Hence the very idea of freedom of religion is paradoxical; it is the freedom to be unfree in a particular kind of way. Judicial and legislative bodies need to take this point, call it the relativity of freedom or unfreedom, or the deconstruction of freedom, into account. They need to notice Sullivan when she points to “the reinstatement of the rights of religious authority by political authority—in the name of religious freedom.” They then need to make informed decisions about which versions of unfreedom to support—and we should all, as Saba Mahmood emphasizes, pay attention to the politics and ideologies that underpin such decisions (a skepticism I share with Lori Beaman, concerning federal government initiatives at the present time in, of all places, Canada). If Muslims were the ones taking the lead in the US courts asking for certain rights and freedoms, surely the self-same justices would have argued another way.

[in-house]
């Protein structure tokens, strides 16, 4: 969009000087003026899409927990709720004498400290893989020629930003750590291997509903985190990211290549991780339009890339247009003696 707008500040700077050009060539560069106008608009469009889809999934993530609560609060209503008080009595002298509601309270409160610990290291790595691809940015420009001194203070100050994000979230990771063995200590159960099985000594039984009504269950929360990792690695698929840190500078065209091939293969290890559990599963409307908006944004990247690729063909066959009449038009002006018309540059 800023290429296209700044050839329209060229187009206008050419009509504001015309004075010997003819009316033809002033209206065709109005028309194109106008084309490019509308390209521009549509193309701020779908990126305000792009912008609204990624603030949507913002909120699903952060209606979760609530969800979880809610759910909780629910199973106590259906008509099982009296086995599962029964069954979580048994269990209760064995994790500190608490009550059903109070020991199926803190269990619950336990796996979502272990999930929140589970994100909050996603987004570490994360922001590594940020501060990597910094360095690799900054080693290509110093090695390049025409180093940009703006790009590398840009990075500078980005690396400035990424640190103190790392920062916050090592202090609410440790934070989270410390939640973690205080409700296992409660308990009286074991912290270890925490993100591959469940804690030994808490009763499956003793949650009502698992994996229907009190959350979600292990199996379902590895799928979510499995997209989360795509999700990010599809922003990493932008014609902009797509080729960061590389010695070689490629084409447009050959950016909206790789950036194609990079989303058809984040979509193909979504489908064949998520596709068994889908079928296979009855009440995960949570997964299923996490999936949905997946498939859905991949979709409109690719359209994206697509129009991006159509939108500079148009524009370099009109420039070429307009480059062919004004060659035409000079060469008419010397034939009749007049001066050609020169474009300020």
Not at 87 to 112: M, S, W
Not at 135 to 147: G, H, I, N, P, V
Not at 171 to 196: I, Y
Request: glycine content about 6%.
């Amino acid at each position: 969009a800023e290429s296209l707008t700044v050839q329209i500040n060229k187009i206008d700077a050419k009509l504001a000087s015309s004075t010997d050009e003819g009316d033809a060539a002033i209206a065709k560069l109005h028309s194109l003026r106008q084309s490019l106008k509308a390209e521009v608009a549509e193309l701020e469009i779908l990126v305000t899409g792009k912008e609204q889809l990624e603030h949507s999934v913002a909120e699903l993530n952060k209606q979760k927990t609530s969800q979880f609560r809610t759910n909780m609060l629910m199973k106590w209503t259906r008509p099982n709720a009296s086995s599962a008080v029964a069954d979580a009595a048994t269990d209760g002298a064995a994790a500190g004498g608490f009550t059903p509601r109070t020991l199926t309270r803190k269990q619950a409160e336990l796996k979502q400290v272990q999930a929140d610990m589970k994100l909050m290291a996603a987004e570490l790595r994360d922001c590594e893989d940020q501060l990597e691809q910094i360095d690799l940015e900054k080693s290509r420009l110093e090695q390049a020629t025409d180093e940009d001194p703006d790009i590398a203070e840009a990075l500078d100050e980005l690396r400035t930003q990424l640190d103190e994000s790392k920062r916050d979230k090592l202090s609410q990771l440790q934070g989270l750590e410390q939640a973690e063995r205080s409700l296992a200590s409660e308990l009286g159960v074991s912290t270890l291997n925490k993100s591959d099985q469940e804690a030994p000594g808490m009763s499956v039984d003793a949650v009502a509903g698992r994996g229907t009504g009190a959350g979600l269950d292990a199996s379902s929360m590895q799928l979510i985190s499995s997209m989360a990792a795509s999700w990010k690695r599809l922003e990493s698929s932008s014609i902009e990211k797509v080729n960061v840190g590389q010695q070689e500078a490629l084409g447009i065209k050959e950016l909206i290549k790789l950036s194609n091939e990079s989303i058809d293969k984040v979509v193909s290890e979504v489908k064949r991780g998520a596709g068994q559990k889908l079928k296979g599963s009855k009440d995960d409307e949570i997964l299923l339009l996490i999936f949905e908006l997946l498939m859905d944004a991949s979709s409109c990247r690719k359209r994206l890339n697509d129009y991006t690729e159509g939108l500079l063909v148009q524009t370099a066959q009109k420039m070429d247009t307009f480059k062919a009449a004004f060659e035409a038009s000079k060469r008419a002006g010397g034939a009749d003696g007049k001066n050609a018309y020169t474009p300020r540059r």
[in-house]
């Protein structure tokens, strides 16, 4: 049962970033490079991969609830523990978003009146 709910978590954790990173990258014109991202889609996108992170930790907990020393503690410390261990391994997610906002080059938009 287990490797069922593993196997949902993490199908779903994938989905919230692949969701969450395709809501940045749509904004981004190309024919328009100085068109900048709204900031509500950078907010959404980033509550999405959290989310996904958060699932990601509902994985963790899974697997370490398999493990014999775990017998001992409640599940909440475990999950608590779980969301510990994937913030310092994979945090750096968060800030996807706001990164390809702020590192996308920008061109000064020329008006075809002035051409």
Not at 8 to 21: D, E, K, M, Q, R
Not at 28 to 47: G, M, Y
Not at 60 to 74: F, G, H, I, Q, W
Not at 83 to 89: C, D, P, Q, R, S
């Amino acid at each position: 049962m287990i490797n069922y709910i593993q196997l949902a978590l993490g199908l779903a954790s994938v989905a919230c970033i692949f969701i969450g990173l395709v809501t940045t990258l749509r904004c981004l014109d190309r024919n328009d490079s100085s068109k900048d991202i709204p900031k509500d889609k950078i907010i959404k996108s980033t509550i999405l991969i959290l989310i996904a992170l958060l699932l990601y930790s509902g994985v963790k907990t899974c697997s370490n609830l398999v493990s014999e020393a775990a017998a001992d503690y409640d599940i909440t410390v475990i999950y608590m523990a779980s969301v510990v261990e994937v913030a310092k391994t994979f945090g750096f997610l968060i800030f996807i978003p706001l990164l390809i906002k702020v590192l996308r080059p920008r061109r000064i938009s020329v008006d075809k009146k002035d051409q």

This is certainly not to say let everyone be free to do as they please. Not only is such freedom impossible in the human condition, but there is the matter of whether my freedom impinges on yours. To emphasize a point in Mahmood’s account and mentioned in some of the other posts, the freedom of religion we demand elsewhere (though the point applies internally as well) too often means the freedom to missionize other people. The freedom to practice my religion impinges on the freedom to practice yours in peace.
We need to be careful here. I am not a historian but I imagine that religious freedom once meant freedom from oppression by the proponents of a stronger religion rather than freedom from interference by the state or the right given by the state for specific religions to interfere in other peoples’ business. Certain proponents of religious freedom in the US now seem to want to have it both ways: the state is criticized both for being secular and for promoting a ‘religion’ of its own. What is missing in such arguments is attention not to one’s own rights or freedoms but the obligation to enable the rights and freedoms of others.